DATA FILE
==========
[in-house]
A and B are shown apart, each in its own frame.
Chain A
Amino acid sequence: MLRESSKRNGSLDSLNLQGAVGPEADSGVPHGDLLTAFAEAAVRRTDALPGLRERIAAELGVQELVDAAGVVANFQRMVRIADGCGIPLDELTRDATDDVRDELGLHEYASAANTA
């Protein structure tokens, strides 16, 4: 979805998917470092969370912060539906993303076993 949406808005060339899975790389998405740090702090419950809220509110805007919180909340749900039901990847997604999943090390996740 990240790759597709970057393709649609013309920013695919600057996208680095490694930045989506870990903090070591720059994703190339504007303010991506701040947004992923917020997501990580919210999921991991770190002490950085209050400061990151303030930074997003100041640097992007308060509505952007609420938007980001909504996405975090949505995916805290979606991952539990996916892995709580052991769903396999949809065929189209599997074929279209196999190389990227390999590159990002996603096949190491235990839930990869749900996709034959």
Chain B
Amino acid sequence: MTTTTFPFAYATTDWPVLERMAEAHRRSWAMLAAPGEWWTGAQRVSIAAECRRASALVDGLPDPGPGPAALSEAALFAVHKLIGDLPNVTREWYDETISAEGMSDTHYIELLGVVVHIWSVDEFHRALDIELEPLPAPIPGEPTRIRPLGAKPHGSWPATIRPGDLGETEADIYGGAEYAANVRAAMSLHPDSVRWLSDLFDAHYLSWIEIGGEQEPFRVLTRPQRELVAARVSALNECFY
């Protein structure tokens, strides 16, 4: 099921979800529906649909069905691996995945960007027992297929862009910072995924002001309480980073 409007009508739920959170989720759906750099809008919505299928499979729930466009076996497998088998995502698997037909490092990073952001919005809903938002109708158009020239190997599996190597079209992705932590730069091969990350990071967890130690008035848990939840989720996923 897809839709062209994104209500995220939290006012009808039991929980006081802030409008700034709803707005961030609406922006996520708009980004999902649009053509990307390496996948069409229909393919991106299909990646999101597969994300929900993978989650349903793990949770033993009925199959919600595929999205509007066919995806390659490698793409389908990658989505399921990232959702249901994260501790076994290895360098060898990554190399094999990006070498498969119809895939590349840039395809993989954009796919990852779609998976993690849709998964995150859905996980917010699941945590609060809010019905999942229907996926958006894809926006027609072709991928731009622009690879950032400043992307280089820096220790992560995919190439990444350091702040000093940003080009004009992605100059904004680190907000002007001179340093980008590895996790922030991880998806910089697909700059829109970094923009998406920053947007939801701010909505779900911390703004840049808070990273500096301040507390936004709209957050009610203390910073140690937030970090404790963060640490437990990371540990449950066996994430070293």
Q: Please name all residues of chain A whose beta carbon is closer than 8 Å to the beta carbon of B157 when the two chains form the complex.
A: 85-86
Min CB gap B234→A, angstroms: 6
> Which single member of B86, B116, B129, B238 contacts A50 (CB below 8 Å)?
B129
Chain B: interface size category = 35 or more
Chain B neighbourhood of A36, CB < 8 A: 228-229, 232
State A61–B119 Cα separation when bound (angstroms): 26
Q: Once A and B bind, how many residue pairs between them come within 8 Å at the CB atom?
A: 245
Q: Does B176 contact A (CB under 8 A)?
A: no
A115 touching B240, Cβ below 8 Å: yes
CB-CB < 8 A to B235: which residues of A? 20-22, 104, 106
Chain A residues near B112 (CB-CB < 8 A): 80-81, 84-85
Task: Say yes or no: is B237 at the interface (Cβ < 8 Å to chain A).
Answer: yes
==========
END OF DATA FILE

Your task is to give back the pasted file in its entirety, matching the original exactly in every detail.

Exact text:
[in-house]
A and B are shown apart, each in its own frame.
Chain A
Amino acid sequence: MLRESSKRNGSLDSLNLQGAVGPEADSGVPHGDLLTAFAEAAVRRTDALPGLRERIAAELGVQELVDAAGVVANFQRMVRIADGCGIPLDELTRDATDDVRDELGLHEYASAANTA
């Protein structure tokens, strides 16, 4: 979805998917470092969370912060539906993303076993 949406808005060339899975790389998405740090702090419950809220509110805007919180909340749900039901990847997604999943090390996740 990240790759597709970057393709649609013309920013695919600057996208680095490694930045989506870990903090070591720059994703190339504007303010991506701040947004992923917020997501990580919210999921991991770190002490950085209050400061990151303030930074997003100041640097992007308060509505952007609420938007980001909504996405975090949505995916805290979606991952539990996916892995709580052991769903396999949809065929189209599997074929279209196999190389990227390999590159990002996603096949190491235990839930990869749900996709034959």
Chain B
Amino acid sequence: MTTTTFPFAYATTDWPVLERMAEAHRRSWAMLAAPGEWWTGAQRVSIAAECRRASALVDGLPDPGPGPAALSEAALFAVHKLIGDLPNVTREWYDETISAEGMSDTHYIELLGVVVHIWSVDEFHRALDIELEPLPAPIPGEPTRIRPLGAKPHGSWPATIRPGDLGETEADIYGGAEYAANVRAAMSLHPDSVRWLSDLFDAHYLSWIEIGGEQEPFRVLTRPQRELVAARVSALNECFY
């Protein structure tokens, strides 16, 4: 099921979800529906649909069905691996995945960007027992297929862009910072995924002001309480980073 409007009508739920959170989720759906750099809008919505299928499979729930466009076996497998088998995502698997037909490092990073952001919005809903938002109708158009020239190997599996190597079209992705932590730069091969990350990071967890130690008035848990939840989720996923 897809839709062209994104209500995220939290006012009808039991929980006081802030409008700034709803707005961030609406922006996520708009980004999902649009053509990307390496996948069409229909393919991106299909990646999101597969994300929900993978989650349903793990949770033993009925199959919600595929999205509007066919995806390659490698793409389908990658989505399921990232959702249901994260501790076994290895360098060898990554190399094999990006070498498969119809895939590349840039395809993989954009796919990852779609998976993690849709998964995150859905996980917010699941945590609060809010019905999942229907996926958006894809926006027609072709991928731009622009690879950032400043992307280089820096220790992560995919190439990444350091702040000093940003080009004009992605100059904004680190907000002007001179340093980008590895996790922030991880998806910089697909700059829109970094923009998406920053947007939801701010909505779900911390703004840049808070990273500096301040507390936004709209957050009610203390910073140690937030970090404790963060640490437990990371540990449950066996994430070293």
Q: Please name all residues of chain A whose beta carbon is closer than 8 Å to the beta carbon of B157 when the two chains form the complex.
A: 85-86
Min CB gap B234→A, angstroms: 6
> Which single member of B86, B116, B129, B238 contacts A50 (CB below 8 Å)?
B129
Chain B: interface size category = 35 or more
Chain B neighbourhood of A36, CB < 8 A: 228-229, 232
State A61–B119 Cα separation when bound (angstroms): 26
Q: Once A and B bind, how many residue pairs between them come within 8 Å at the CB atom?
A: 245
Q: Does B176 contact A (CB under 8 A)?
A: no
A115 touching B240, Cβ below 8 Å: yes
CB-CB < 8 A to B235: which residues of A? 20-22, 104, 106
Chain A residues near B112 (CB-CB < 8 A): 80-81, 84-85
Task: Say yes or no: is B237 at the interface (Cβ < 8 Å to chain A).
Answer: yes